The clinical portion of product development is not only the most time consuming, but also the most expensive. The goal of every one of our domestic and global audits is to proactively identify any potential risk or non-compliance that could interfere with the development of your product, whether related to subject protection, or product safety and efficacy.
Audits of Investigator sites allow site-specific issues to be identified and corrected, but also emphasize potentially global and/or systematic issues that can impact the quality of the trial as a whole. Prompt Corrective and Preventative Action (CAPA) taken by the Investigator and the applicable clinical teams can significantly improve the overall quality of the trial.
Once the Investigator site has been selected for an audit, we will contact the site and schedule the audit, followed by sending a confirmation letter and agenda to the site.
The following tasks will be conducted during an Investigator site audit:
We can also prepare Investigator sites for Regulatory Inspection readiness.
The majority of Clinical Investigator site audits are conducted on a routine basis, but we are also vastly experienced in investigating fraud and scientific misconduct, or ‘For Cause’ audits. We collect and document objective evidence, while maintaining a discreet and diplomatic presence. We have worked with the FDA Office of Criminal Investigations, as well as the Federal Bureau of Investigation (FBI) and the US Attorney General.
In addition to all Clinical Investigator site audit activities, we will assess the following services that are unique to Early Phase development:
Sponsors should understand the importance of vendor qualification, post-capability and maintenance review. Most sponsors will routinely conduct maintenance audits on a 2- to 3-year frequency.
The following tasks will be conducted during a CRO audit:
Sponsors/CROs frequently outsource clinical trial activities that are their responsibility, as they might not have adequate internal resources or expertise. The sponsor is ultimately responsible for the quality of the clinical trial, so must ensure that its vendors are providing quality deliverables according to the required standards. Sponsors should conduct independent audits of vendors at regular intervals to ensure that their systems continue to meet the necessary regulatory standards. Activities conducted during a vendor audit will include all those listed in the CRO audit, as applicable.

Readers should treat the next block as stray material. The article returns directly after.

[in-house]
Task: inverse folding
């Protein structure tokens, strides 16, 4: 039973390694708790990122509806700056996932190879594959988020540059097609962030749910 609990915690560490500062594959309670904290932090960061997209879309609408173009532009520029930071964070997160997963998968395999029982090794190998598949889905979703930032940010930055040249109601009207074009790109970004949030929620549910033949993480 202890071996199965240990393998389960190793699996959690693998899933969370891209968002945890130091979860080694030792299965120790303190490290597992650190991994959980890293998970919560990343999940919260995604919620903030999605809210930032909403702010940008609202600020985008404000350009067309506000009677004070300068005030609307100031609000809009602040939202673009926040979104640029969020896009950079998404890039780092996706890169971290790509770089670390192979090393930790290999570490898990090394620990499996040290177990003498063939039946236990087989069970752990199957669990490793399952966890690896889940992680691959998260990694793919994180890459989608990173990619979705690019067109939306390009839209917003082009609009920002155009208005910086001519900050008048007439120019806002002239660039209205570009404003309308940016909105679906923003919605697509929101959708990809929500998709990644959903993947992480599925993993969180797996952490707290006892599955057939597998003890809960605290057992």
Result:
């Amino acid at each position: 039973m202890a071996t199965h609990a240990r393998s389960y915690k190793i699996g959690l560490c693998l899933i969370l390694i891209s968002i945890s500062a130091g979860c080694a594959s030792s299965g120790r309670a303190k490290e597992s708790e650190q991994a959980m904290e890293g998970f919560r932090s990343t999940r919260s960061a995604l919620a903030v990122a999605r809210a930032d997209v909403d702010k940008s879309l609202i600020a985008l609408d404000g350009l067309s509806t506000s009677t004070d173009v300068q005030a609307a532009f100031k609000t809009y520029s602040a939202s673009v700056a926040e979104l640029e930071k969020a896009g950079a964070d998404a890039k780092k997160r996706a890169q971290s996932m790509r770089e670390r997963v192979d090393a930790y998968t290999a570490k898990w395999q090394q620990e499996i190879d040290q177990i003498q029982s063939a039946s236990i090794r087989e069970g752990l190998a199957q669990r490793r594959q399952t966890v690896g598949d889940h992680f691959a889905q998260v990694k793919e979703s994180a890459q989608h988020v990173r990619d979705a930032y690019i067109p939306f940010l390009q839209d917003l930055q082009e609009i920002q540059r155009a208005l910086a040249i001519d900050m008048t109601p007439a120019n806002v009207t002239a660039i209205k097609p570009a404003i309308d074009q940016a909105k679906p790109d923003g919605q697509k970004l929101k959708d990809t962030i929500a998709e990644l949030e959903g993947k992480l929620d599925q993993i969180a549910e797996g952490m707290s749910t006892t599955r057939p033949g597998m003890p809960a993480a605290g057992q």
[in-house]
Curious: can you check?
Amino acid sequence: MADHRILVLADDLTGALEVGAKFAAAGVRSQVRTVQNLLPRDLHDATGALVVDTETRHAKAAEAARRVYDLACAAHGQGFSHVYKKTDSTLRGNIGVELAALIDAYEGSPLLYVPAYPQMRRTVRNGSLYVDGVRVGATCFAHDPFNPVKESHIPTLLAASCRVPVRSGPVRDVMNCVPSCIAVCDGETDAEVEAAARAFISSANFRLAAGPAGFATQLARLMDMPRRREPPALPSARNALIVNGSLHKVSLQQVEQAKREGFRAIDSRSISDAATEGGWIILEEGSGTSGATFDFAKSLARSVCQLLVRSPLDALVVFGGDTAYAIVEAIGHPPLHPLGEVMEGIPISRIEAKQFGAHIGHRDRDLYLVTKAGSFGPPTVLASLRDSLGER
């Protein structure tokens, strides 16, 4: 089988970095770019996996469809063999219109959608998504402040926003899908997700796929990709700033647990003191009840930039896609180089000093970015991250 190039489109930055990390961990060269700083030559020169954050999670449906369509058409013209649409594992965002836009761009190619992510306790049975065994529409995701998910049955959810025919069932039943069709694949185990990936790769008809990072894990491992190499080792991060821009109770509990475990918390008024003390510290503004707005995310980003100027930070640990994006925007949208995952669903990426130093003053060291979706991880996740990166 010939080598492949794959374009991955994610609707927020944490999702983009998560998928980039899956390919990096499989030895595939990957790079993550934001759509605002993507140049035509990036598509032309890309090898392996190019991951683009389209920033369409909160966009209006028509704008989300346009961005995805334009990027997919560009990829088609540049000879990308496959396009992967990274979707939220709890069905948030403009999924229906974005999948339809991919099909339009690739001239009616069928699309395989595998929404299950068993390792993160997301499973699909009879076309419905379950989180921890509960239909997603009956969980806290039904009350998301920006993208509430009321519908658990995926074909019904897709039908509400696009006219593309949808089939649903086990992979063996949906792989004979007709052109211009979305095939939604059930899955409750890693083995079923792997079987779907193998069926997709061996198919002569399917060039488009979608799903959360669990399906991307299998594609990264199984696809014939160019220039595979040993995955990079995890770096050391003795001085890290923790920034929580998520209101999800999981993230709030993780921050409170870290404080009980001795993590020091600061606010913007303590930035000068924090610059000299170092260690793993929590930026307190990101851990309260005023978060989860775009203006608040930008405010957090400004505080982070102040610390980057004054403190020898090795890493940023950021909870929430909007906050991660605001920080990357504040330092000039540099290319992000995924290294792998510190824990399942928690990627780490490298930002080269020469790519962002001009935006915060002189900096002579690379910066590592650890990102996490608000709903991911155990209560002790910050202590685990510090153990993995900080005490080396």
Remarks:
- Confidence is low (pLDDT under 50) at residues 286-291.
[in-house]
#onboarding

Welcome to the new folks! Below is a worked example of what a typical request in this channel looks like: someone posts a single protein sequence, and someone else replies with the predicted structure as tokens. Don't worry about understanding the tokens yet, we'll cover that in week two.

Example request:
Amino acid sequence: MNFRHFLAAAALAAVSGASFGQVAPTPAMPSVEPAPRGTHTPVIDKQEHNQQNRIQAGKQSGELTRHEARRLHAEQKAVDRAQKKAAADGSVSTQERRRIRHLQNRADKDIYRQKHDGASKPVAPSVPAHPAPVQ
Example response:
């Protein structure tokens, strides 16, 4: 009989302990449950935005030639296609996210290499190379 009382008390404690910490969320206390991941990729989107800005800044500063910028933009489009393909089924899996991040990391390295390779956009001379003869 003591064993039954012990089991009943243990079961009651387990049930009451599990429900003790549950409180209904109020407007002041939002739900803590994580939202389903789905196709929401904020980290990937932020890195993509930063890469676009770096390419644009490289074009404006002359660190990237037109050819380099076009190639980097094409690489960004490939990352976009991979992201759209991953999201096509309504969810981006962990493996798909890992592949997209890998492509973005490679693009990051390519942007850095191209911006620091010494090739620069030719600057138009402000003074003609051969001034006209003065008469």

Vendors may include:
Whether the audit is conducted at an internal sponsor PVG department or a contracted vendor facility, activities conducted during a Pharmacovigilance audit will include all those listed in the CRO audits section, as applicable. We will also review individual safety case files to assess and track reportability and timelines, according to regulatory requirements.
Commercial, academic, private and hospital IRBs and ECs should be audited in accordance with FDA/OHRP regulations and other local regulations and guidelines. Central IRBs that are contracted by the Sponsor increase the risk and responsibility of the sponsor.
Sponsors should audit all aspects of clinical trial supplies to demonstrate their control and oversight, in accordance with FDA/EMA/MHRA, GMP, GCP and ICH regulations/ guidelines. In addition to a routine vendor audit, the Depot audit will include tracking of shipments through receipt and return/destruction.
All companies are wise to prepare themselves for GCP, GLP and Pharmacovigilance inspections, rather than going in ‘blind’. Achieve Quality has the skills and the experience to conduct Mock GCP, GLP and Pharmacovigilance Inspections, according to the applicable regulatory standards and your specific needs.
The following tasks will be conducted during a mock regulatory inspection:
We can also assist with hosting the Regulatory Inspection, including your response to the Agency.
System audits can be conducted to assess whether a particular activity is in compliance with regulations. For example, the Pharmacovigilance process might be reviewed in detail across all involved departments (Clinical, PVG and Regulatory Affairs), with deficiencies and process improvements identified. System audits include a review of the SOPs in use, interviews with personnel implementing the procedures, and a review of sample data to assess your staff’s compliance and whether the procedures are effective.